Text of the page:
Critics retort that the dinosaur has simply put on makeup. While being fresher and better looking then the PRI barons of old, many fear that the young turks are just as authoritarian. The losing candidates in Mexico State accused the PRI of electoral shenanigans, including buying votes with free lunches, T-shirts and envelopes stuffed with cash. "I do not know of any democratic country in the world where the elections can be won by 40 points," Manuel Camacho Solis of Encinas' campaign told TIME. "This election resembles the last Honduran election." (Honduras' 2009 election followed a military coup against President Manuel Zelaya.) Camacho Solis promised they will challenge the vote in court. Calderón's PAN also found the scale of the PRI victory hard to swallow. "This was achieved through manipulations, blackmail and coercing the vote from citizens," said PAN representative Francisco Gárate. But as the PRI winners opened their champagne bottles, they said the losers were just eating sour grapes. "The opposition tries to justify their defeat, as usual, [by] blaming it on the others. Instead they should be looking at their mistakes and trying to learn from them," said Cesar Camacho, who represents the Avila camp. "In a democracy you should accept defeat when you lose."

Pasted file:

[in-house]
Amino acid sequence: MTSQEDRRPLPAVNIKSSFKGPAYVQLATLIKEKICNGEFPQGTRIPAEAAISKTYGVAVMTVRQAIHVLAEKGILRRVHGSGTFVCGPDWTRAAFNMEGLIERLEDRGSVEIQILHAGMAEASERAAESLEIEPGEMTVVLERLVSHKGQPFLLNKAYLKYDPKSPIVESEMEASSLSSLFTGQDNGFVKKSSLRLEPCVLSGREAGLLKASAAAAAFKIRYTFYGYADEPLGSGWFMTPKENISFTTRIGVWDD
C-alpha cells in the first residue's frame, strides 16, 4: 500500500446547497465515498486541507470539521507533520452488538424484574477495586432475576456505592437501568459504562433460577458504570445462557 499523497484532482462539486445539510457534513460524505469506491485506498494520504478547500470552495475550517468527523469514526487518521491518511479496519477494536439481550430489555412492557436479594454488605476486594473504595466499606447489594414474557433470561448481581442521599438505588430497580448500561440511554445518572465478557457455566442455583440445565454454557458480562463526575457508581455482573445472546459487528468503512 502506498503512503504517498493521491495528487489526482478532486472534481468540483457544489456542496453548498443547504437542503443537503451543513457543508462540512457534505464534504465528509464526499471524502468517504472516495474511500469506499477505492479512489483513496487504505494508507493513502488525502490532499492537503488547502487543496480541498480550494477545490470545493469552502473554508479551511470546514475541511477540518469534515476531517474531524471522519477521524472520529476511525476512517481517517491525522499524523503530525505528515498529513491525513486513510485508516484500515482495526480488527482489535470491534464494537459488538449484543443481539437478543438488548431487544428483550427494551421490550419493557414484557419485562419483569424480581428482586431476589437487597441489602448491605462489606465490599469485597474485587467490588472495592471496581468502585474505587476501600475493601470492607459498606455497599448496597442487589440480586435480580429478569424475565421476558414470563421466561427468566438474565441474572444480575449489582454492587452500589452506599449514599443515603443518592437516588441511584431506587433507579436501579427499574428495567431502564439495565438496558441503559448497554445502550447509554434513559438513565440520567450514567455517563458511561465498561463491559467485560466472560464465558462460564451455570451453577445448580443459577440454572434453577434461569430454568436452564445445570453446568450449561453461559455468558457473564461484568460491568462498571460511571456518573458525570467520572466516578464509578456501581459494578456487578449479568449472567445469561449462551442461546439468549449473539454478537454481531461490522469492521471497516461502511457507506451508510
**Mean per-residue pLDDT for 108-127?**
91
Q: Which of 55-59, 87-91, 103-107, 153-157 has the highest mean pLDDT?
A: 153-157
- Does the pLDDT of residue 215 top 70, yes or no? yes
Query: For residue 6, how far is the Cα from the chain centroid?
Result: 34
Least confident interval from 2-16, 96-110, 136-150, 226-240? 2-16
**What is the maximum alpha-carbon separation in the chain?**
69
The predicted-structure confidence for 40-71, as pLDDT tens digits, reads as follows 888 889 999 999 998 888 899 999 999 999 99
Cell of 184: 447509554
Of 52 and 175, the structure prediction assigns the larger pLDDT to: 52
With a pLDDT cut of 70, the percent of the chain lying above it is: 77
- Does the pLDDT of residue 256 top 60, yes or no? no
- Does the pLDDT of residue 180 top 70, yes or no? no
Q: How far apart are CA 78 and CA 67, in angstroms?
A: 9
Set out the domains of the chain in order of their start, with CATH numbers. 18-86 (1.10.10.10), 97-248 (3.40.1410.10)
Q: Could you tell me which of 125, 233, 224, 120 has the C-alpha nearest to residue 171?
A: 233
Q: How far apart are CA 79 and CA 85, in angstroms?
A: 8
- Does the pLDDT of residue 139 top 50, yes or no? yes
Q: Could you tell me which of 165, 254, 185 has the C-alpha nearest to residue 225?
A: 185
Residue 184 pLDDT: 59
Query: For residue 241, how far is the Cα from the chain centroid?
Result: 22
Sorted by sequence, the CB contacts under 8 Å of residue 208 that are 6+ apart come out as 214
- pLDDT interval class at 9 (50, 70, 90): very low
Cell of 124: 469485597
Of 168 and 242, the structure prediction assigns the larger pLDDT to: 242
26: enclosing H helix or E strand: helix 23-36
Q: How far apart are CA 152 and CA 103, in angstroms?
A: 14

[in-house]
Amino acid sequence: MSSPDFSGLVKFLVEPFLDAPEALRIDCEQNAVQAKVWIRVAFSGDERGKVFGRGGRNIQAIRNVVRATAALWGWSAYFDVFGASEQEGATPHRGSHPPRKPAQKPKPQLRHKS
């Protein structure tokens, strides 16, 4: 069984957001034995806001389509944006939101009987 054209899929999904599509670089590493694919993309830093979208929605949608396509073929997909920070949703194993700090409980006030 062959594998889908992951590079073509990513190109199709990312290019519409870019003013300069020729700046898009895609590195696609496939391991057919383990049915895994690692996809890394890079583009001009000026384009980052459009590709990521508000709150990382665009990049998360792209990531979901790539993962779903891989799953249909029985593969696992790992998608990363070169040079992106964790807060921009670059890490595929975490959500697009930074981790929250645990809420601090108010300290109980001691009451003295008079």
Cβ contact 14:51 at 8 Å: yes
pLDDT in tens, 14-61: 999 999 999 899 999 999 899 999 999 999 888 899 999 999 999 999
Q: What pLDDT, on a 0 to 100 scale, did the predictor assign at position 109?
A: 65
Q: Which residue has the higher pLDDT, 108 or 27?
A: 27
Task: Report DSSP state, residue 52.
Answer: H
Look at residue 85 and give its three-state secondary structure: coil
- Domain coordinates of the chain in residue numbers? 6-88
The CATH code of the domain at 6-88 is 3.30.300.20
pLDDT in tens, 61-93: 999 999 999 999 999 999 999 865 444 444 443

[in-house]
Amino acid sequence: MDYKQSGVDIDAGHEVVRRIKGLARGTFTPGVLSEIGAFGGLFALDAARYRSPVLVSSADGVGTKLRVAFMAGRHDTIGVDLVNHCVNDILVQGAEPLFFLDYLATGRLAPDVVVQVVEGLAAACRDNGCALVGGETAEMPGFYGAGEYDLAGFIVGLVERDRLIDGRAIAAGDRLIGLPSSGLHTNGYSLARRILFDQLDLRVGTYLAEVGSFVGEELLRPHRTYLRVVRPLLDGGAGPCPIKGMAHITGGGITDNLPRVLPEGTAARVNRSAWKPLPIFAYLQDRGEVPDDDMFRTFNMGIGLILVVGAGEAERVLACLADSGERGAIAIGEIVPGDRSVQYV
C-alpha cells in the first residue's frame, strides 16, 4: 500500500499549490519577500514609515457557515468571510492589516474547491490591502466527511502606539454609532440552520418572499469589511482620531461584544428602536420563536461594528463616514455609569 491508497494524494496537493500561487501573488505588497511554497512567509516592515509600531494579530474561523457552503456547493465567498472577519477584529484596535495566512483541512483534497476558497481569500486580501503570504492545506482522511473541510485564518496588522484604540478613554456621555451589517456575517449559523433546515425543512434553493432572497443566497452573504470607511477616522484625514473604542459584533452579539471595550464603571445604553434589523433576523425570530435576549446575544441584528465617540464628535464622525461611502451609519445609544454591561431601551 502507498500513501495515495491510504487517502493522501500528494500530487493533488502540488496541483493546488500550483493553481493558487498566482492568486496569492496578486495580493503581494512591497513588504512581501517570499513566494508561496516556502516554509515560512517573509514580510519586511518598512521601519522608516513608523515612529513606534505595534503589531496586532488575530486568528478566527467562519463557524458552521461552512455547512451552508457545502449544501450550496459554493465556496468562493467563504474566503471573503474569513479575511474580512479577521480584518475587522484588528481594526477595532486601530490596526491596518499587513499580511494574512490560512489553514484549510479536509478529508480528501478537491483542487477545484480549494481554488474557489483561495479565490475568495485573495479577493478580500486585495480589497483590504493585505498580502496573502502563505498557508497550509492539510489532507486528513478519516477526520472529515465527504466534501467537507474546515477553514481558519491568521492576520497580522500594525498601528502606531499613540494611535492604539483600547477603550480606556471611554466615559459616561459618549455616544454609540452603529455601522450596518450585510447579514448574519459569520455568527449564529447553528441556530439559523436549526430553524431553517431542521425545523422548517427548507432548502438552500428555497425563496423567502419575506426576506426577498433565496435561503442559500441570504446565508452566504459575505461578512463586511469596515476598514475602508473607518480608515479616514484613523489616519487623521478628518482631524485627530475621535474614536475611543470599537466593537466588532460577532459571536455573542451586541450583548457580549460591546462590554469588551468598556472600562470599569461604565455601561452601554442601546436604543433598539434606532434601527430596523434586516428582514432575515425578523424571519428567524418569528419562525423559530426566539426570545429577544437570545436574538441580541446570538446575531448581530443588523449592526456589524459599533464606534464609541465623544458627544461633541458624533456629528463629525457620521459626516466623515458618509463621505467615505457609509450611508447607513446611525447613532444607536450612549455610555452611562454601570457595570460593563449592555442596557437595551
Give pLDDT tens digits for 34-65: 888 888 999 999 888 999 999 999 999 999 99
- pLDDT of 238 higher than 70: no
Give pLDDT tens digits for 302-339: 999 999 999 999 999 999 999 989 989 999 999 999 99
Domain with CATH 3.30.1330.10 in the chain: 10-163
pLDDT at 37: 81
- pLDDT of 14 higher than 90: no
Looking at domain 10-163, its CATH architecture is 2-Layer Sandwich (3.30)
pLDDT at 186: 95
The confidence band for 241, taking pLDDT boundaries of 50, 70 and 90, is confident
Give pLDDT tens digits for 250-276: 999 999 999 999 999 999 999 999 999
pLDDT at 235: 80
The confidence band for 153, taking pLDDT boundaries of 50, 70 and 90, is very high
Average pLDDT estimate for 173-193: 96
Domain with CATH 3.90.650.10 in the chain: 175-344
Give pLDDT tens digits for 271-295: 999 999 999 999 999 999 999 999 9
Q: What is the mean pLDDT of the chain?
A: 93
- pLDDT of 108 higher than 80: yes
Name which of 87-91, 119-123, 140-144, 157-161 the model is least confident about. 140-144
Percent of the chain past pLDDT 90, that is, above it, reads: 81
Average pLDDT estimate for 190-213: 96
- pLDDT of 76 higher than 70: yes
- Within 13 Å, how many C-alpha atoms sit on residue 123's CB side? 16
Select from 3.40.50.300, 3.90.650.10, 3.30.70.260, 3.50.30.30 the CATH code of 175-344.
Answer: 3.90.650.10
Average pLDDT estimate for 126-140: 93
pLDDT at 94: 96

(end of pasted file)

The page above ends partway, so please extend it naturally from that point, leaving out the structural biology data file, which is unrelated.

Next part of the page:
Another crucial factor in the PRI comeback is Calderón's flailing war on drug cartels. While the crackdown proved popular in its first year, the toll of the campaign — 40,000 drug-related murders, some 10,000 missing people and daily shoot-outs — has led many to call for a way out. "I know [the PRI] are bad, but Calderón is much worse," said unemployed graduate José Antonio Ojeda, 22, as he cast a vote for Avila. "Look how many people [Calderón] has killed, and now the military are always stopping us [young people] just because of our looks." Reinforcing the drug war, federal police raided a Mexico State town on election day itself to seize wanted narco capo Jesús Enrique Rejón Aguilar, who is accused of being No. 3 in the bloodthirsty Zetas cartel.

Calderón has retorted that the PRI governments were the ones who let drug traffickers grow into such a threat in the first place. On a trip to Stanford University in California last month, Mexico's President lashed out at the PRI for corruption and violence under its rule. "For many decades, that one party controlled everything: what the media was allowed to say, what the schools should teach, which rock concerts were permitted. Everything," Calderón said. "When students just like you protested, they were massacred." Such intense emotions are omens of a searing race for the presidency in 2012.